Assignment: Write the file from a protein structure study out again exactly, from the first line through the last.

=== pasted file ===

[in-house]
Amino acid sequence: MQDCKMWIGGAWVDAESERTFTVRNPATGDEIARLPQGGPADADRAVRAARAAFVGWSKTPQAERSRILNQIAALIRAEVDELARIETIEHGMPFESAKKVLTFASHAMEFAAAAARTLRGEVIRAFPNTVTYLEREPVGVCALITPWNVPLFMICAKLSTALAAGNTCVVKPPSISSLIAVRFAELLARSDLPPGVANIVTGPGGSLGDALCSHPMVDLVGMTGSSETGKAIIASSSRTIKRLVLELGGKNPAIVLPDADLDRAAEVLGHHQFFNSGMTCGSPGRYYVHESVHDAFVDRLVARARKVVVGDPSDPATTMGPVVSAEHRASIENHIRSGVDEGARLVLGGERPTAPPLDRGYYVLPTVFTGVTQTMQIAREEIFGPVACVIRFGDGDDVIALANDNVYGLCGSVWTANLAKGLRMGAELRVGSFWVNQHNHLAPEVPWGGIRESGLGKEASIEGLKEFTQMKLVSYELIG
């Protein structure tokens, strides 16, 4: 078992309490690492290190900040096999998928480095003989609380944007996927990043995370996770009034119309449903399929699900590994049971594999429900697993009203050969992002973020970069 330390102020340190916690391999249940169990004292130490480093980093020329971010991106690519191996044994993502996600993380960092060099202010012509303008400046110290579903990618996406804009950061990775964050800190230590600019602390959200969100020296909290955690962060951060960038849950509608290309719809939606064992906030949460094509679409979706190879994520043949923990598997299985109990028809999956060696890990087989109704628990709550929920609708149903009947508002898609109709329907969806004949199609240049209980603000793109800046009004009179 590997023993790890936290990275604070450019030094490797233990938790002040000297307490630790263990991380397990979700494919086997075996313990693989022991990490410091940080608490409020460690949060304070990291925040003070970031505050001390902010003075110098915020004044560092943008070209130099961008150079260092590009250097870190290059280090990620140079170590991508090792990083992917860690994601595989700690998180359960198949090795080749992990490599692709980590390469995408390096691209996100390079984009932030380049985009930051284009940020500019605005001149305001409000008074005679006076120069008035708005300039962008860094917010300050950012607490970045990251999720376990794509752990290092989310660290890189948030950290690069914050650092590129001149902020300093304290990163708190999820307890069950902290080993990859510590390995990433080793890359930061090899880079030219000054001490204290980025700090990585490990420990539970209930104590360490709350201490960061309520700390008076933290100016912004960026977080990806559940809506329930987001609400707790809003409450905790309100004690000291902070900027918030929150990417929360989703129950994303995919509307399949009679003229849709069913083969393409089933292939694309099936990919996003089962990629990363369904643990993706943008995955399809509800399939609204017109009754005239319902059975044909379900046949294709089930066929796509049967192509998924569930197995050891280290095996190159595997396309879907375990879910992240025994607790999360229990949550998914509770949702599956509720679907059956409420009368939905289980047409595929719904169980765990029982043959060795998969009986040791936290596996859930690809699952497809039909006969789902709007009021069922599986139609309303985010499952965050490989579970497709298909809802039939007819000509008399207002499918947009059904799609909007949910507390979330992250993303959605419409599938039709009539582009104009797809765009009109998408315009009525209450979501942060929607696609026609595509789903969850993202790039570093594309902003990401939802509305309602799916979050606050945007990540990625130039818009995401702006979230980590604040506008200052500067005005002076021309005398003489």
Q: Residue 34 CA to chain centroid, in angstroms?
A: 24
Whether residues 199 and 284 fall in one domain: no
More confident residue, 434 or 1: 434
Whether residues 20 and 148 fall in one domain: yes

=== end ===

[in-house]
Amino acid sequence: MQDCKMWIGGAWVDAESERTFTVRNPATGDEIARLPQGGPADADRAVRAARAAFVGWSKTPQAERSRILNQIAALIRAEVDELARIETIEHGMPFESAKKVLTFASHAMEFAAAAARTLRGEVIRAFPNTVTYLEREPVGVCALITPWNVPLFMICAKLSTALAAGNTCVVKPPSISSLIAVRFAELLARSDLPPGVANIVTGPGGSLGDALCSHPMVDLVGMTGSSETGKAIIASSSRTIKRLVLELGGKNPAIVLPDADLDRAAEVLGHHQFFNSGMTCGSPGRYYVHESVHDAFVDRLVARARKVVVGDPSDPATTMGPVVSAEHRASIENHIRSGVDEGARLVLGGERPTAPPLDRGYYVLPTVFTGVTQTMQIAREEIFGPVACVIRFGDGDDVIALANDNVYGLCGSVWTANLAKGLRMGAELRVGSFWVNQHNHLAPEVPWGGIRESGLGKEASIEGLKEFTQMKLVSYELIG
């Protein structure tokens, strides 16, 4: 078992309490690492290190900040096999998928480095003989609380944007996927990043995370996770009034119309449903399929699900590994049971594999429900697993009203050969992002973020970069 330390102020340190916690391999249940169990004292130490480093980093020329971010991106690519191996044994993502996600993380960092060099202010012509303008400046110290579903990618996406804009950061990775964050800190230590600019602390959200969100020296909290955690962060951060960038849950509608290309719809939606064992906030949460094509679409979706190879994520043949923990598997299985109990028809999956060696890990087989109704628990709550929920609708149903009947508002898609109709329907969806004949199609240049209980603000793109800046009004009179 590997023993790890936290990275604070450019030094490797233990938790002040000297307490630790263990991380397990979700494919086997075996313990693989022991990490410091940080608490409020460690949060304070990291925040003070970031505050001390902010003075110098915020004044560092943008070209130099961008150079260092590009250097870190290059280090990620140079170590991508090792990083992917860690994601595989700690998180359960198949090795080749992990490599692709980590390469995408390096691209996100390079984009932030380049985009930051284009940020500019605005001149305001409000008074005679006076120069008035708005300039962008860094917010300050950012607490970045990251999720376990794509752990290092989310660290890189948030950290690069914050650092590129001149902020300093304290990163708190999820307890069950902290080993990859510590390995990433080793890359930061090899880079030219000054001490204290980025700090990585490990420990539970209930104590360490709350201490960061309520700390008076933290100016912004960026977080990806559940809506329930987001609400707790809003409450905790309100004690000291902070900027918030929150990417929360989703129950994303995919509307399949009679003229849709069913083969393409089933292939694309099936990919996003089962990629990363369904643990993706943008995955399809509800399939609204017109009754005239319902059975044909379900046949294709089930066929796509049967192509998924569930197995050891280290095996190159595997396309879907375990879910992240025994607790999360229990949550998914509770949702599956509720679907059956409420009368939905289980047409595929719904169980765990029982043959060795998969009986040791936290596996859930690809699952497809039909006969789902709007009021069922599986139609309303985010499952965050490989579970497709298909809802039939007819000509008399207002499918947009059904799609909007949910507390979330992250993303959605419409599938039709009539582009104009797809765009009109998408315009009525209450979501942060929607696609026609595509789903969850993202790039570093594309902003990401939802509305309602799916979050606050945007990540990625130039818009995401702006979230980590604040506008200052500067005005002076021309005398003489």
Q: Residue 34 CA to chain centroid, in angstroms?
A: 24
Whether residues 199 and 284 fall in one domain: no
More confident residue, 434 or 1: 434
Whether residues 20 and 148 fall in one domain: yes